People divided over possible townhomes replacing a historic Kaysville home
Oct 5, 2023, 6:35 PM | Updated: 8:58 pm
KAYSVILLE — It’s one of the most beautiful private properties in Kaysville. The house at 41 West and 100 South was built in the late 1800s and is well-known in the area.
“It has been in the family for over 110 years. I love it,” Ike Anderson said.
Anderson has lived in the home for several years. He’s also tired of it.
“It is getting very hard to keep this place up,” he said.
Anderson says his property taxes have doubled in recent years.
A new law requiring secondary water connections on all meters by 2030 means he won’t be able to water all the trees on his two-and-a-half acres.
It’s also just plain expensive to maintain an old house.
“I had to put in new sewer lines since I have been here. The old, what they call clay pipe, which is just tar paper wrapped around itself, I had to retrench that. There was also a culinary water line that burst. People don’t understand the amount of work it takes,” he said. “It is a lot of cost and it is a lot of time and effort.”
You can’t blame him for wanting to sell it all. But that is where the controversy begins.
A developer is offering him millions of dollars for the property.
First, though, Anderson would need Kaysville’s City Council to vote in favor of rezoning the property to allow for dozens of townhomes the developer would like to build.
Several neighbors have sent emails to the city saying they were against the re-zoning because of their concerns it would change the character of their neighborhood with increased people, traffic, and noise.
The Kaysville Planning Commission voted 3-1 in favor of the zoning change, but the matter is now up to the City Council.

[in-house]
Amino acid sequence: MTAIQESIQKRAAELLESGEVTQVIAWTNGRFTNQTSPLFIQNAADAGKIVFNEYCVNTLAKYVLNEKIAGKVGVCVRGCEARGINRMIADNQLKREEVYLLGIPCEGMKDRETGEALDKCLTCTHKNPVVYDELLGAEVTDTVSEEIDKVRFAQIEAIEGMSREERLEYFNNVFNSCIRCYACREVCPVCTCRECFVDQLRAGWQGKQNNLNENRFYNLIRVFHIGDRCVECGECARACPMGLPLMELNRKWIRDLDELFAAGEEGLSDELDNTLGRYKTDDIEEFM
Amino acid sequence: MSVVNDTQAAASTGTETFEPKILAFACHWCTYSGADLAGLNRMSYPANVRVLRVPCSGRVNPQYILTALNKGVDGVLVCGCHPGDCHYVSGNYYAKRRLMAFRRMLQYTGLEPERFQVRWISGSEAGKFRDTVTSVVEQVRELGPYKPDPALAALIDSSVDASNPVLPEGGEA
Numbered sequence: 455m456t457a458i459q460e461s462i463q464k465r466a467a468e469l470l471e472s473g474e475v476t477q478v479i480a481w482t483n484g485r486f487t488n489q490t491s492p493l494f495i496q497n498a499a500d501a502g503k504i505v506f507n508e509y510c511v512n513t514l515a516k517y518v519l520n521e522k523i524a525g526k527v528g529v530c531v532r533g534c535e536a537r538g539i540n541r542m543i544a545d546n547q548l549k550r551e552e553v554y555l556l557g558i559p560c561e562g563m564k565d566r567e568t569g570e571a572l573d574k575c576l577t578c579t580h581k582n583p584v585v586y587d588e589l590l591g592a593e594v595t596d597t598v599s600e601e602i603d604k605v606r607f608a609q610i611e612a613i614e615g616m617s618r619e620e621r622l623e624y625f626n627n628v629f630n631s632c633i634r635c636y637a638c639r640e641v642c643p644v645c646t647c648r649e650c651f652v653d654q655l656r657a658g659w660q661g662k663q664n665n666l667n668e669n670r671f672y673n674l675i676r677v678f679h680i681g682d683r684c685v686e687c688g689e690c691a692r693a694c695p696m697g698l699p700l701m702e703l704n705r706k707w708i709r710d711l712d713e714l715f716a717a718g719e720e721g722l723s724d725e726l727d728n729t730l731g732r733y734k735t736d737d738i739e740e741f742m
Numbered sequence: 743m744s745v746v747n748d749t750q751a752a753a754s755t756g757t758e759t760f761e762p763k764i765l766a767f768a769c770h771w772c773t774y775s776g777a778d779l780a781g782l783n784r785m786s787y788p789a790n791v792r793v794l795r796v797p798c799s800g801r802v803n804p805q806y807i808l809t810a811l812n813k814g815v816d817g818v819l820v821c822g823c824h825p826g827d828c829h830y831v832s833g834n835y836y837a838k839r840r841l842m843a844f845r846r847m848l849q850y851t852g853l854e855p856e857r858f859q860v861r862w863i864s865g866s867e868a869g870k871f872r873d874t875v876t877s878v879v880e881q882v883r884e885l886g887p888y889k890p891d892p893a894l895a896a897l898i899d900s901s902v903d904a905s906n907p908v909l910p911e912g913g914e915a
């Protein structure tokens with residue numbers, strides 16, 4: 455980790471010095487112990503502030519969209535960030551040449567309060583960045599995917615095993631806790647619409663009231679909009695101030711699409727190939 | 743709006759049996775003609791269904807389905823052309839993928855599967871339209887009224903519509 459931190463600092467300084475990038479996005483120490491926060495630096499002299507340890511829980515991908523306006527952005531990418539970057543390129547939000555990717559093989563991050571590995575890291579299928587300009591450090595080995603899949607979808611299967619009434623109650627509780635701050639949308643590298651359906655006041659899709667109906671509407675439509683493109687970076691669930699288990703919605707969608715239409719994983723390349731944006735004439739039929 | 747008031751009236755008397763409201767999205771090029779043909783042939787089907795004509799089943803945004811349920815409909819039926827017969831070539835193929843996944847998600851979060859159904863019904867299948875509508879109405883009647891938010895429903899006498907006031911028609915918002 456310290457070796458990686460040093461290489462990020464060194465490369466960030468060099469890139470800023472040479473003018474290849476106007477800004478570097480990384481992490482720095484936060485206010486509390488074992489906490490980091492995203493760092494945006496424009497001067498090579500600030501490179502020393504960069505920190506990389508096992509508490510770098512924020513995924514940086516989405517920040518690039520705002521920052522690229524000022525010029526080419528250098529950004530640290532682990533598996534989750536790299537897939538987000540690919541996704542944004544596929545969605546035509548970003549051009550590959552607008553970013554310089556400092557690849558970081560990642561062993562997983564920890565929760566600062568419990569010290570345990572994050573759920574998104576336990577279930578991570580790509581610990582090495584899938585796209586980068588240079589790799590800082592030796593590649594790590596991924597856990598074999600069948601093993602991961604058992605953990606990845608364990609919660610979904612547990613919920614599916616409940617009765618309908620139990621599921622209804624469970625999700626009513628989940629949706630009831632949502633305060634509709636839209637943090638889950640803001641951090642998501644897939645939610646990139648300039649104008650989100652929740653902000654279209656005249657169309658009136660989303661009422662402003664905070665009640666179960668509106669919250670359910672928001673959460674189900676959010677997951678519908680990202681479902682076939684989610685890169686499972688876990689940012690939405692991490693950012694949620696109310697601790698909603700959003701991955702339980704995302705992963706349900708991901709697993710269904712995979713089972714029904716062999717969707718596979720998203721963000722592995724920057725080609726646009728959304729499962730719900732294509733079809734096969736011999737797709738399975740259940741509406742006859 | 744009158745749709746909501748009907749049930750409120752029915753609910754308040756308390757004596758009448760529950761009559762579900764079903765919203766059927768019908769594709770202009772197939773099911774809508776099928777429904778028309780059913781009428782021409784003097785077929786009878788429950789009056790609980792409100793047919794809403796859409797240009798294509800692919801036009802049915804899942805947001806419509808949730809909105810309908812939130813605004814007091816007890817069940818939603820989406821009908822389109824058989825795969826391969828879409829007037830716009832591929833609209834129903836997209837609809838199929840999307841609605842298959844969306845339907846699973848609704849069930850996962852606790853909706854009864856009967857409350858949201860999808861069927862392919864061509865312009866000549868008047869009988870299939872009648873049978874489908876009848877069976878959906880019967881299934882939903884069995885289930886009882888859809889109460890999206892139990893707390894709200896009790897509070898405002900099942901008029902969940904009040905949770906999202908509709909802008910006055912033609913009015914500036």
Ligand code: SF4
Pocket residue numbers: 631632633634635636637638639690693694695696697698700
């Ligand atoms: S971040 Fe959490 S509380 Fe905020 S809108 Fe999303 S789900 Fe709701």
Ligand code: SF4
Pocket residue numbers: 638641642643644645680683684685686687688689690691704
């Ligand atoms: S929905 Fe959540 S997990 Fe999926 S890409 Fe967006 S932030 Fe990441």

“This is one of those that I am confident I am going to vote no for,” councilman John Adams said.
It’s not that Adams is against development, he just says, so far, he hasn’t seen any solid plans from the developer about what the project would look like and how big it would be.
“When you are going to change or rezone an area, for me it is so important that there are plans and that you meet with the neighbors,” Adams said. “There are obviously a lot of very upset neighbors, for good reasons. They bought their homes and they built their lives in an area that’s planned to be one thing and now somebody is saying lets change it.”
Adams says a lot has been to try and get more housing into the city but wonders if this type of project is the kind of affordable housing the city is trying to accomplish.
“We’re going to have to take a real good look at it,” he said.
The Barnes/Burton/Rampton Home is on Kaysville’s historic tour.
Anderson says he would be just fine selling to someone to keep it there, but so far, no one has matched the offer he says he has.
“We would love to see someone come in and buy it if they can match what a developer will pay,” Anderson said. “But unfortunately, no one has even come close to that.”
Correction: A previous headline said “apartments” instead of townhomes. It has since been corrected.